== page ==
What settings do I need to capture fast-moving subjects?


Subjects that are considered fast-moving

There are so many subjects that can be considered fast-moving. So to make it easier we’ll start with the slowest first and that would be kids running. The fastest are motorcycle and car racing events

Now there is a huge difference in speed between them but the technique is the same.


Let’s go through the settings


Aperture Priority Mode

When shooting fast-moving action shots use aperture priority mode. It’ll make your life so much easier. Manual mode needs constant attention at a time your attention needs to be on your subject. So aperture priority is the way to go.


Continuous Drive Mode – Burst Mode

Capturing fast-moving objects requires using a High-Speed Continuous Shooting Mode. 5 or more frames per second will work. You could opt for Single-Shot mode, but High-Speed Continuous will capture things your eyes don’t see. 

I’ll give you an example of why it’s important. I was shooting a dog agility competition in 2009, and a little Jack Russell called Petie was doing the course with his owner. Dogs names I remember, owners not so much. I was waiting for him to take a sequence of jumps in front of me. On the last jump, he clipped the top bar with his back legs. This threw his back legs up and he ended up in a handstand position still moving forward at a rapid rate. Incredibly he kept going forward and got all four paws back on the ground, and completed the course. 

If I had only taken one shot there wouldn’t be a story to go with the photos. I was using Canon 30D’s back then and they shoot 5 frames-per-second. I got 3 great shots of the incident which happened in the blink of an eye.

The funny thing is my 11-year-old daughter Kenzie was with me, and she used my 2nd 30D with the 17-55mm kit lens, I was using a 70-200 2.8 lens, I wouldn’t let her use my good lenses. Anyway, she was sitting next to me when Petie hit the jump and got the same sequence I got but from further away.

I was both humbled and proud. Anyway, shoot in High-Speed Continuous mode and capture all the action.

Aperture – Depth of Field

Your aperture setting is dependent on how far away from the subject you are and how deep the depth of field needs to be. Use the Photopills app to figure out what it should be. 

If you are shooting racing motorcycles from 60 feet (18m) away with a 200mm lens, you can use f/4. That will give you a DoF of 4ft (1.2m), enough to get the bike and rider in focus.

When you are taking photos of your kids running around from 10 feet (3m) away with a 50mm lens, you can use f/5.6. The DoF will be 2 ½ ft (0.76m) which will work great.

Understanding how depth of field works, and setting the aperture is crucial to controlling your results. Use Photopills until you get the hang of it.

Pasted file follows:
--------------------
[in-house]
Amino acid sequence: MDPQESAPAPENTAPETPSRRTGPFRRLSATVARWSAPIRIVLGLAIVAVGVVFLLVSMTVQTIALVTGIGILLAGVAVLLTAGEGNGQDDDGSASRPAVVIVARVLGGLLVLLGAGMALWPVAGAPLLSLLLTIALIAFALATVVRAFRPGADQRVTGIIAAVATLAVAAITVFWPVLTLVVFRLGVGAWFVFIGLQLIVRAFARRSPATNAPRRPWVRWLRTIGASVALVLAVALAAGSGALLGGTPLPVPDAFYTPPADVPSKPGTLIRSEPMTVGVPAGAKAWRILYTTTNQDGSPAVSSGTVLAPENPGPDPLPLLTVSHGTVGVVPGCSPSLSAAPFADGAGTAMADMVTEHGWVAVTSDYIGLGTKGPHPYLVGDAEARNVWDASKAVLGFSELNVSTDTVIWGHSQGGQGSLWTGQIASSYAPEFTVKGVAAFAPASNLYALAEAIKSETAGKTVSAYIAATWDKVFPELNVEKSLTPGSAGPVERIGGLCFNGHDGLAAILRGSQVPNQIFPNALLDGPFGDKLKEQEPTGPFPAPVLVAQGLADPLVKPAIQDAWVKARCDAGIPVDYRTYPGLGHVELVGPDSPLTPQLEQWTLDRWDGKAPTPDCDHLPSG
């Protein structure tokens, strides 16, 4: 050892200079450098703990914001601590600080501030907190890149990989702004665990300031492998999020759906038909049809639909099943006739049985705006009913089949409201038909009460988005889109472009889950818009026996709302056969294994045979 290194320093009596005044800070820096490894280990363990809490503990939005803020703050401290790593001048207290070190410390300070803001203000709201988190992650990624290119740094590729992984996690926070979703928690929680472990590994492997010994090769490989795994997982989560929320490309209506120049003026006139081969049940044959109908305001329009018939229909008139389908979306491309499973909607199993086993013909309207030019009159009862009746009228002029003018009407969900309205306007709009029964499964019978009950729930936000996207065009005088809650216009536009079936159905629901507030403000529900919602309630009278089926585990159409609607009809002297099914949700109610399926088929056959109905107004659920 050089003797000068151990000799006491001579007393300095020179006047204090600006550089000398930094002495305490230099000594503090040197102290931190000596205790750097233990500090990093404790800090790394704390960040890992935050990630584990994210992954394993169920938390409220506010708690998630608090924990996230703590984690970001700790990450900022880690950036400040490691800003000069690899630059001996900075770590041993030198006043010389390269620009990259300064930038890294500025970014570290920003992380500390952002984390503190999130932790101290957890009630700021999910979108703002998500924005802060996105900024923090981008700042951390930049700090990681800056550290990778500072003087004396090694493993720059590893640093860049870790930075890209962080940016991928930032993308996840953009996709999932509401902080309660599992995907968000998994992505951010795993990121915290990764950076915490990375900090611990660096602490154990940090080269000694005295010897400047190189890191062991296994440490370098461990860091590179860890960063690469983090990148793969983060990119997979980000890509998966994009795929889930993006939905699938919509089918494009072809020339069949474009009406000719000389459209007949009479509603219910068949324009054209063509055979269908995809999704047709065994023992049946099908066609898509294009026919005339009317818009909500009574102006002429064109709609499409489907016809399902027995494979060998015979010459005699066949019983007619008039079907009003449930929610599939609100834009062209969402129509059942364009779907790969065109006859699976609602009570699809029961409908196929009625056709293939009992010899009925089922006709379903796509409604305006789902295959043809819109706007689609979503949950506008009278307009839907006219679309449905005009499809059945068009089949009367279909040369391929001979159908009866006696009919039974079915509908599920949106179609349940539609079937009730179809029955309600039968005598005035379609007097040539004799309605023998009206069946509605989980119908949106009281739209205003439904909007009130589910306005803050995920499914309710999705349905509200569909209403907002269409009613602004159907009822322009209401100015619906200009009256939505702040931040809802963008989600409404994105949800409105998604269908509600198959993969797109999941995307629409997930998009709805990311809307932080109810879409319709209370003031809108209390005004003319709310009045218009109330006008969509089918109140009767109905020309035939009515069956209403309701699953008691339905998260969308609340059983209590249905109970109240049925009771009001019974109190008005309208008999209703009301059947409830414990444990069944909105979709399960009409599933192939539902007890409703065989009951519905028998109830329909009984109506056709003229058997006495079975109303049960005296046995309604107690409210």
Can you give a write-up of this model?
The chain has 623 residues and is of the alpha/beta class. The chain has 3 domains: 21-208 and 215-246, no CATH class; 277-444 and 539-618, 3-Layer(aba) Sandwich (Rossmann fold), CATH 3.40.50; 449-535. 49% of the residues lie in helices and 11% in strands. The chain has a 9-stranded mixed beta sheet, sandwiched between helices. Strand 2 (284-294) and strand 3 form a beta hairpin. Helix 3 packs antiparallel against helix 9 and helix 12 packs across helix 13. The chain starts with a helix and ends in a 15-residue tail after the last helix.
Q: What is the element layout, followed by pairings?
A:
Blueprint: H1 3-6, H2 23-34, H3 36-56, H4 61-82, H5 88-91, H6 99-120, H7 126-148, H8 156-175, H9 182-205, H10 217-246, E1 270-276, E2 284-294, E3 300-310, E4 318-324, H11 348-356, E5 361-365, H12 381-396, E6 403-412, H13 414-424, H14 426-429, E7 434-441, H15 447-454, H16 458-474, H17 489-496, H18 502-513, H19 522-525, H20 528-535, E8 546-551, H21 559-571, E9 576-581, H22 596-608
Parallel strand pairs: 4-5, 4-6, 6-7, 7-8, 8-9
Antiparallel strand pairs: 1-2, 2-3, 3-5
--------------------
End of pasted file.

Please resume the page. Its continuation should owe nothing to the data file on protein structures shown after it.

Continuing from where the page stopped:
Shutter Speed

To capture fast-moving subjects you need a fast shutter speed, but not always, I’ll cover that later.

To freeze a child running you need a minimum shutter speed of 1/250 or maybe higher if your kid is a future Olympic athlete. For a high-speed motorbike, you would need 1/2000+.



Always set your ISO as low as you can, my cameras go down to ISO 100. Some models go down to ISO 64 and lower.

If you can’t get your shutter speed high enough you can turn your ISO up. Keep turning it up until the shutter speed is where you need it. This is easy in Aperture Priority mode.

Three shooting techniques


Fast Shutter Speed

The shutter speed setting depends on how fast the subject is moving. The faster the subject the faster the shutter speed needs to be.


Panning is a technique where you follow the subject as it passes you. Using a slower shutter speed the photos give the feeling of movement and speed. The trick is to pan the camera at the same speed as the subject. 



If I was taking photos of a kid running, instead of a shutter speed of 1/250, I would use a slower  1/125. As the kid runs past me I follow them while taking shots. Now because I’m shooting at 1/125 the arms and legs might have a slight blur but that’s OK. The background is a smooth side-to-side blur and emphasizes the movement in the photo.


Combination of the Two

Going back to my dog agility story, I used both high shutter speed and panning to get the sequence. So the background wasn’t as blurred side-to-side because I used a fast shutter speed. 

I’ve used this technique when shooting sports and action shots over the years and it works great.


So let’s Recap

Shoot in Aperture Priority.

Use a High-Speed Continuous Shooting (Burst) mode.

Set the Aperture for the correct depth of field needed.

Use a fast Shutter Speed, or maybe slower when panning.

Start with a low ISO setting.

Turn the ISO up if your Shutter Speed isn’t fast enough.


And that’s it!